Weekly Roundup 11-22-13

As many of us get ready to hit the road this week to spend the holiday with friends and family during this season when we give thanks and take stock of our many blessings, I will voice one now.  Thanks to the many readers who have subscribed to Eye on FDA this past year, as well as the six years before.  I’m indeed grateful for the opportunity to make observations, relay information, provide analysis and for interchanges with folks and for the opportunity to meet so many new people.

Despite the lack of postings this week – a busy one – here is a bit of what happened in this final full work week in November:

  • FDA Clears “Next Generation” Gene Sequencing Devices – Four new diagnostic devices termed by FDA as “next generation” in high throughput gene sequencing were given marketing clearance by the agency this week.  According to the release, the new technology will allow physicians to take a broader look at the genetic makeup of patients.  Two of the cleared devices will be used to detect DNA changes in the cystic fibrosis transmembrane conductance regulator gene.
  • FDA Has Marshals Seize Dietary Supplements – The agency announced that it had directed a seizure of over $2 million worth of goods – 1500 cases of finished goods and 1200 pounds of in-process/raw material good – because the products contained DMAA.  In 2012, FDA issued warning letters to companies to notify them that any products containing DMAA, which is not a legal component of supplements, had to be taken off the market.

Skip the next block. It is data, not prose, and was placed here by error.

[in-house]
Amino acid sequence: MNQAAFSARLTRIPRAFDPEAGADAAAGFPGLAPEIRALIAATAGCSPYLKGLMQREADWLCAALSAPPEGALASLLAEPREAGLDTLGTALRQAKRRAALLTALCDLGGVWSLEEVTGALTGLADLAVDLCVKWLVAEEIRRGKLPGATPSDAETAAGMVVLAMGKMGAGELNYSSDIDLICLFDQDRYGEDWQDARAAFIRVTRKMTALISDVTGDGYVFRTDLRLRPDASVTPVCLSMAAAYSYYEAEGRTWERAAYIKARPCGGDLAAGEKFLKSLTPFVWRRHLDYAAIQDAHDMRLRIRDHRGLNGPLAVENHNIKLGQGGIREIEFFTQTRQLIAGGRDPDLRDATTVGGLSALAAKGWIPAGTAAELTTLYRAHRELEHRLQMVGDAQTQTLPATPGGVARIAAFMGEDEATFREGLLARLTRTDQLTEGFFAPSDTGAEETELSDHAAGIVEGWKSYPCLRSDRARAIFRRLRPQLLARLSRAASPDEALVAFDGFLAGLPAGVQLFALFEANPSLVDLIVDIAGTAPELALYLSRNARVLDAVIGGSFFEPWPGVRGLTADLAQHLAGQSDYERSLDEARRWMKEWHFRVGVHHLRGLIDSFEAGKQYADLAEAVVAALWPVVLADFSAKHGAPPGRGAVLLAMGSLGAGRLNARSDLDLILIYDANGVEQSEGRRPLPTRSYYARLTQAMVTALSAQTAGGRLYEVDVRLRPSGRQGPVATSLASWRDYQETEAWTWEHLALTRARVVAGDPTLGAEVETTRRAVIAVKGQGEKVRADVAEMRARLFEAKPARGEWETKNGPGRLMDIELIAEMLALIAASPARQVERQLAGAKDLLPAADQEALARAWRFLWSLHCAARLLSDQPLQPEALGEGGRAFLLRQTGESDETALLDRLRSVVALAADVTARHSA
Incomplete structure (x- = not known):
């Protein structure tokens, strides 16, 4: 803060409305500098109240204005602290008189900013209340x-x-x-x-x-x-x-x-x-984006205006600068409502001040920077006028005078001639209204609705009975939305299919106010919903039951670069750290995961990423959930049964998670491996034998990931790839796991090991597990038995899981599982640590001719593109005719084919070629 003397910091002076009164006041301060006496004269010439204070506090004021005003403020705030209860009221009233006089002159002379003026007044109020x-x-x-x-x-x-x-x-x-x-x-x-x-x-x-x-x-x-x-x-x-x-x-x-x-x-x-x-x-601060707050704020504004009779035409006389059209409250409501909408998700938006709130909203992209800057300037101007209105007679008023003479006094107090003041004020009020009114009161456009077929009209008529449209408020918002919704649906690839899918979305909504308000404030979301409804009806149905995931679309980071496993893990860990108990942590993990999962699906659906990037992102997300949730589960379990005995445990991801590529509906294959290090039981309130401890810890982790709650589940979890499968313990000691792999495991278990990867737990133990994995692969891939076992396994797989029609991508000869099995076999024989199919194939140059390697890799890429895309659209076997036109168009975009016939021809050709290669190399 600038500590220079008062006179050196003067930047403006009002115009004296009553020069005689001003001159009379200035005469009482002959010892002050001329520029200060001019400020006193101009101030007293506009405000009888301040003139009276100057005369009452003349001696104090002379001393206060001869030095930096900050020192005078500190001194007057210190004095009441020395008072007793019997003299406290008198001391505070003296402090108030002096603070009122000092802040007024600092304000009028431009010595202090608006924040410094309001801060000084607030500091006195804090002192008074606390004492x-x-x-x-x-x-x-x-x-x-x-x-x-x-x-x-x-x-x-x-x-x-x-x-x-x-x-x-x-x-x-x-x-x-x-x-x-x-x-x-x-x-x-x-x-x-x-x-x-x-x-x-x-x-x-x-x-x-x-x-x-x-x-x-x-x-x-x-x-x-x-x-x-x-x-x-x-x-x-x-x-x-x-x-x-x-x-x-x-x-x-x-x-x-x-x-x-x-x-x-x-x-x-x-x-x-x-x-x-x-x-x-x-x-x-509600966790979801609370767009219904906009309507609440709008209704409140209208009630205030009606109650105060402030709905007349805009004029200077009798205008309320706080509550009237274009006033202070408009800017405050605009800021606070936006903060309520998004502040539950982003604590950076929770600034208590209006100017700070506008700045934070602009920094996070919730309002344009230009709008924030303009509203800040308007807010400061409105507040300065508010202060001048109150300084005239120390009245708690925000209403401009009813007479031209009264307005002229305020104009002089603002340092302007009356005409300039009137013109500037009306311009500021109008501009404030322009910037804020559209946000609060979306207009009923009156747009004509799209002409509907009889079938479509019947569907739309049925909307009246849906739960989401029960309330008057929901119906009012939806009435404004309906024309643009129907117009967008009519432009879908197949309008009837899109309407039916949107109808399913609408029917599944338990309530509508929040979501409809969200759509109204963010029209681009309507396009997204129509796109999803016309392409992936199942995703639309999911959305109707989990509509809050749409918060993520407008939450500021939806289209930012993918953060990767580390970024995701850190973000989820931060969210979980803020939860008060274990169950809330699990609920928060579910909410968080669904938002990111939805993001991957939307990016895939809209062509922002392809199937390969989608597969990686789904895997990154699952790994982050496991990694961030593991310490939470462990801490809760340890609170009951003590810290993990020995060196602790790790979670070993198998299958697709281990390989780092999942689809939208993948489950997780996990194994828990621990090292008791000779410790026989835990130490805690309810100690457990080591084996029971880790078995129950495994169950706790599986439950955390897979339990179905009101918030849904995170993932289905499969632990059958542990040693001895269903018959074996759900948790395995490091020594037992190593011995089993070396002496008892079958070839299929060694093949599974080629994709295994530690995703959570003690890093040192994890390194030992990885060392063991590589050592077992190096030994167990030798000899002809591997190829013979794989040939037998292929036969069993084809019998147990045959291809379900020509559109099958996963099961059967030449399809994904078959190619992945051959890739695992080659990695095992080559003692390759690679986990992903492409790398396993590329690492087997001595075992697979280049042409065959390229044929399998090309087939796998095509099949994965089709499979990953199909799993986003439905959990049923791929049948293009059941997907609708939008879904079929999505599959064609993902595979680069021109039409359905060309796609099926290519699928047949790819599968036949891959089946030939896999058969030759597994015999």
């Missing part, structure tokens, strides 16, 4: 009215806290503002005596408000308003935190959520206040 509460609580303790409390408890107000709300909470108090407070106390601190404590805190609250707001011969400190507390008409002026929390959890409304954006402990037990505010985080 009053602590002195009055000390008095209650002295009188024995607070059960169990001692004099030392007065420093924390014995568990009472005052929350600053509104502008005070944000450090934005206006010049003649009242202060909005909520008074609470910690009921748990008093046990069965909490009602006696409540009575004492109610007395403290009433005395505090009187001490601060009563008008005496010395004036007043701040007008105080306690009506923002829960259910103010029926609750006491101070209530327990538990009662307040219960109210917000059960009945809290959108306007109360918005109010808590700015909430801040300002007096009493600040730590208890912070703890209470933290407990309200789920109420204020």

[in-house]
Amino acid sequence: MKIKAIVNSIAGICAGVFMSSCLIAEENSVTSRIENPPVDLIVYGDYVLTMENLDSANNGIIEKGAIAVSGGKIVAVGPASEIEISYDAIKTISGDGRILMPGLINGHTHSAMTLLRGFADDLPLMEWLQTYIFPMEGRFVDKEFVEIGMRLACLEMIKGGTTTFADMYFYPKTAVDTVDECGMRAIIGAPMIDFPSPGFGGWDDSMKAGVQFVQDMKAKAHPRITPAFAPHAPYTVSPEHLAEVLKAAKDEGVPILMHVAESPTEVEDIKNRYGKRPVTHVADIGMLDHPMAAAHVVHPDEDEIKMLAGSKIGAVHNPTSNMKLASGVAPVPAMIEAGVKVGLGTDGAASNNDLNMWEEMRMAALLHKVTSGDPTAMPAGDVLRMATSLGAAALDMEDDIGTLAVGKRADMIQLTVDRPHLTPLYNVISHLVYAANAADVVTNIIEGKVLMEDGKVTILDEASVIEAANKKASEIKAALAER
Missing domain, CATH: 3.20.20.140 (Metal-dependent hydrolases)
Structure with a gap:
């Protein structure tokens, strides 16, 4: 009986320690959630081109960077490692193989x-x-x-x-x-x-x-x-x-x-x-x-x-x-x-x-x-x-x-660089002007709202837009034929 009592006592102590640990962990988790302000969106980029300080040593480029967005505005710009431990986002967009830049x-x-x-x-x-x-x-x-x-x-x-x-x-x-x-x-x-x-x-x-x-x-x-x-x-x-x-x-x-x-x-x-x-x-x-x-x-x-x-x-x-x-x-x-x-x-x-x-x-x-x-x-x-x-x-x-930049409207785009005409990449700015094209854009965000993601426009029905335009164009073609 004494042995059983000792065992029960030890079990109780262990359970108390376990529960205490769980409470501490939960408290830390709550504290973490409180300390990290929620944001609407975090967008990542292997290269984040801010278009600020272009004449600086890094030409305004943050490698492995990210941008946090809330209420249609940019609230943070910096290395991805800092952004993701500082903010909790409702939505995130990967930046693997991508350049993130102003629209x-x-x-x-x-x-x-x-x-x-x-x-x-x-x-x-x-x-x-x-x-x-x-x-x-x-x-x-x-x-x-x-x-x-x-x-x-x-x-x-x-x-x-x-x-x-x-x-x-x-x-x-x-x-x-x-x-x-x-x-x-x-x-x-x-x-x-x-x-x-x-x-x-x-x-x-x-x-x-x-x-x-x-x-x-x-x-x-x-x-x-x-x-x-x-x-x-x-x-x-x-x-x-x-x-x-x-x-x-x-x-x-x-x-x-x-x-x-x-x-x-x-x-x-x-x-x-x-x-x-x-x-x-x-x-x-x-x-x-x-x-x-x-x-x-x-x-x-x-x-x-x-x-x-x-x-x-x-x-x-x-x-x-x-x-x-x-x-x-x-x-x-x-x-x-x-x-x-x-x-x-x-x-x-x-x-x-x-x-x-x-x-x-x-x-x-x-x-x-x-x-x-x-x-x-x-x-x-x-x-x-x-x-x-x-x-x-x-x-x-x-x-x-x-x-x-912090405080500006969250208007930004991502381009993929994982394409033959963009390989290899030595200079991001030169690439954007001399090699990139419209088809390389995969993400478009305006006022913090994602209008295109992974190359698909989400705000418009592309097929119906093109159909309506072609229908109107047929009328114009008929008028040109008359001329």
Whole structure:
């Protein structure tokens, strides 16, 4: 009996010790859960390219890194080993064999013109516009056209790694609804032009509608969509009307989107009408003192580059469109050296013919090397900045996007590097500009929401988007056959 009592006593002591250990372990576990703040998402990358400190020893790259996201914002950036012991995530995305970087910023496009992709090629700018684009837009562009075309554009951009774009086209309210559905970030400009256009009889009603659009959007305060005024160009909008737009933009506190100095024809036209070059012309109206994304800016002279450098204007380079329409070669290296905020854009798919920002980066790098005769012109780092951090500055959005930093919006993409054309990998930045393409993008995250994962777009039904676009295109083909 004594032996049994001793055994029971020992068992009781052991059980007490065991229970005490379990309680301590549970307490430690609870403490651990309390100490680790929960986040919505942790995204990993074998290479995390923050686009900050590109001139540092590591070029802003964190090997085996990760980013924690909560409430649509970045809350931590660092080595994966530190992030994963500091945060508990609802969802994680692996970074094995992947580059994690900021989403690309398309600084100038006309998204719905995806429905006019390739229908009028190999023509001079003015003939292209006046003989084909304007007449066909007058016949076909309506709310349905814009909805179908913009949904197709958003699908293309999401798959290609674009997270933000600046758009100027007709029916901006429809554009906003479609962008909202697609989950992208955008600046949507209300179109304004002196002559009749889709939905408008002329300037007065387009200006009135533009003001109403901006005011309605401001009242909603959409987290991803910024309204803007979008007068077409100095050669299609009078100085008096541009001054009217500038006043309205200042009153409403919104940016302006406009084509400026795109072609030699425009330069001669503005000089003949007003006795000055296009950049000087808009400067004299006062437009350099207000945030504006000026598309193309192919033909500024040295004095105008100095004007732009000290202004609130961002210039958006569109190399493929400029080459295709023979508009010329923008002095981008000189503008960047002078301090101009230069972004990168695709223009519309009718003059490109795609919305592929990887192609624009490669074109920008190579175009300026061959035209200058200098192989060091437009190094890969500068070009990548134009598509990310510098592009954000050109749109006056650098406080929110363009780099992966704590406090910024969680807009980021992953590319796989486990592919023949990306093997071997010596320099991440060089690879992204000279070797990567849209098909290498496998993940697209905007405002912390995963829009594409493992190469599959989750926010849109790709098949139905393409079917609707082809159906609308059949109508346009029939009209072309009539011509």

• Compounding Bill Passes Senate – By a voice vote this week, the Senate passed legislation passed by the House of Representatives in September that would give FDA additional authorities to regulate the pharmacies engaged in compounding.  The Drug Quality and Security Act will require facilities engaged in compounding to report what drugs are being compounded and to submit adverse event reports and subjects the facilities to a risk-based inspection schedule, among other things.  This milestone is added to the FDA and Compounding tab on the Eye on FDA website.
  • Advisory Committee is No MoreFDA served notice this week in the Federal Register that the Veterinary Medicine Advisory Committee was terminated as of September 24, 2013.  No explanation was provided in the notice other than to say that the committee had been formed to review the safety and efficacy data for new animal drugs, feed and devices.

Be well.  Be safe.  For those in the U.S. – have a wonderful Thanksgiving.  See you next week.

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